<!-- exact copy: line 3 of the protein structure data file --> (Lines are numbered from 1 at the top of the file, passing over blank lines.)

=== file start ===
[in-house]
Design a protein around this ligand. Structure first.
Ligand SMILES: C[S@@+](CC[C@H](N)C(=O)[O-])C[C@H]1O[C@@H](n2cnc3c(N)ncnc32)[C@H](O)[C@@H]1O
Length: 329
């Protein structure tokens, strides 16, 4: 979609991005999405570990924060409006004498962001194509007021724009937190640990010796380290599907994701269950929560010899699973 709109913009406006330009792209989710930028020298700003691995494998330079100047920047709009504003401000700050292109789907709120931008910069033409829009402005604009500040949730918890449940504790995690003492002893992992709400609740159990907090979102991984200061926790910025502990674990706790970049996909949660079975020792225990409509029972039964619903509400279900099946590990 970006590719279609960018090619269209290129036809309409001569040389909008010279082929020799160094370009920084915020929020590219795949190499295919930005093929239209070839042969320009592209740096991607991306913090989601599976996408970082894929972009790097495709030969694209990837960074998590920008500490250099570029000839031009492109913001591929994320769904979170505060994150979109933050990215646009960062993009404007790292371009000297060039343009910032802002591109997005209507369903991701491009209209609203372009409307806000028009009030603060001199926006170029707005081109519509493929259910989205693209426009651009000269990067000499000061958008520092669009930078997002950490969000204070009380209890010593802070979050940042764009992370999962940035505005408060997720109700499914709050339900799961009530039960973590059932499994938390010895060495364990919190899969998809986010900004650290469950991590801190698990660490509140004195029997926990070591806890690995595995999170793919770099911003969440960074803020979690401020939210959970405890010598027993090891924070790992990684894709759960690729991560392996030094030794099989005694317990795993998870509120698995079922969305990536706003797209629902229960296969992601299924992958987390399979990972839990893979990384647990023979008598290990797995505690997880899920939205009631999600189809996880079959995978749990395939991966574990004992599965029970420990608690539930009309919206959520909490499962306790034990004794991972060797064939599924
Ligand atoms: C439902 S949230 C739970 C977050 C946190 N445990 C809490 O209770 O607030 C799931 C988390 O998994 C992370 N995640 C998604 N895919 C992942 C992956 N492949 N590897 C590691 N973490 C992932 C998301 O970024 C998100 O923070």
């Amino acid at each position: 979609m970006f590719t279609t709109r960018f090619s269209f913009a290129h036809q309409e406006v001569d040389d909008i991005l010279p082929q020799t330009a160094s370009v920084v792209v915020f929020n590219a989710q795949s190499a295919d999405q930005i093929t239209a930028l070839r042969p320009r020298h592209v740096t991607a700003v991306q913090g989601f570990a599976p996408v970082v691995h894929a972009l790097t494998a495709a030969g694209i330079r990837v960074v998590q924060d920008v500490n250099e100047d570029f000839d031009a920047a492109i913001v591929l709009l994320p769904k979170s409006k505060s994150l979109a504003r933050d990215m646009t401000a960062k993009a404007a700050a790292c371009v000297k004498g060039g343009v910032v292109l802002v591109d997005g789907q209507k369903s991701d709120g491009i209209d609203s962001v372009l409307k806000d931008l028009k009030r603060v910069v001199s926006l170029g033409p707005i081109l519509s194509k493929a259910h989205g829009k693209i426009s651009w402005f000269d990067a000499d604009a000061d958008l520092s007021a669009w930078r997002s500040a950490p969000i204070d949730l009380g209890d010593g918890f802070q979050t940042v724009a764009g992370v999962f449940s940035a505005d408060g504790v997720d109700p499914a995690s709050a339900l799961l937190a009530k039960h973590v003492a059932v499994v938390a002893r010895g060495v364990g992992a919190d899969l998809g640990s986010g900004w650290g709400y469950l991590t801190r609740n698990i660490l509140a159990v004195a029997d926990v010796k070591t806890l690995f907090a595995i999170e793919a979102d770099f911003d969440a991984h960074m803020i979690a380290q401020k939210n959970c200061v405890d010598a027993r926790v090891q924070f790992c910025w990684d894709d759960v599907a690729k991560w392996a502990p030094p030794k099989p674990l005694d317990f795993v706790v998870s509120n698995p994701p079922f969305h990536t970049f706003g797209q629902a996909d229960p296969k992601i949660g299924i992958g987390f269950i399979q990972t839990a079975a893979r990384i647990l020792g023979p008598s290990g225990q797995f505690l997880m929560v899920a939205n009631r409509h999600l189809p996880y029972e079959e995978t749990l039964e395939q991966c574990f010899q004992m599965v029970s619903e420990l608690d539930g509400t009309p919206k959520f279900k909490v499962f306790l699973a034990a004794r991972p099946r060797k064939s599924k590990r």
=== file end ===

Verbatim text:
Ligand SMILES: C[S@@+](CC[C@H](N)C(=O)[O-])C[C@H]1O[C@@H](n2cnc3c(N)ncnc32)[C@H](O)[C@@H]1O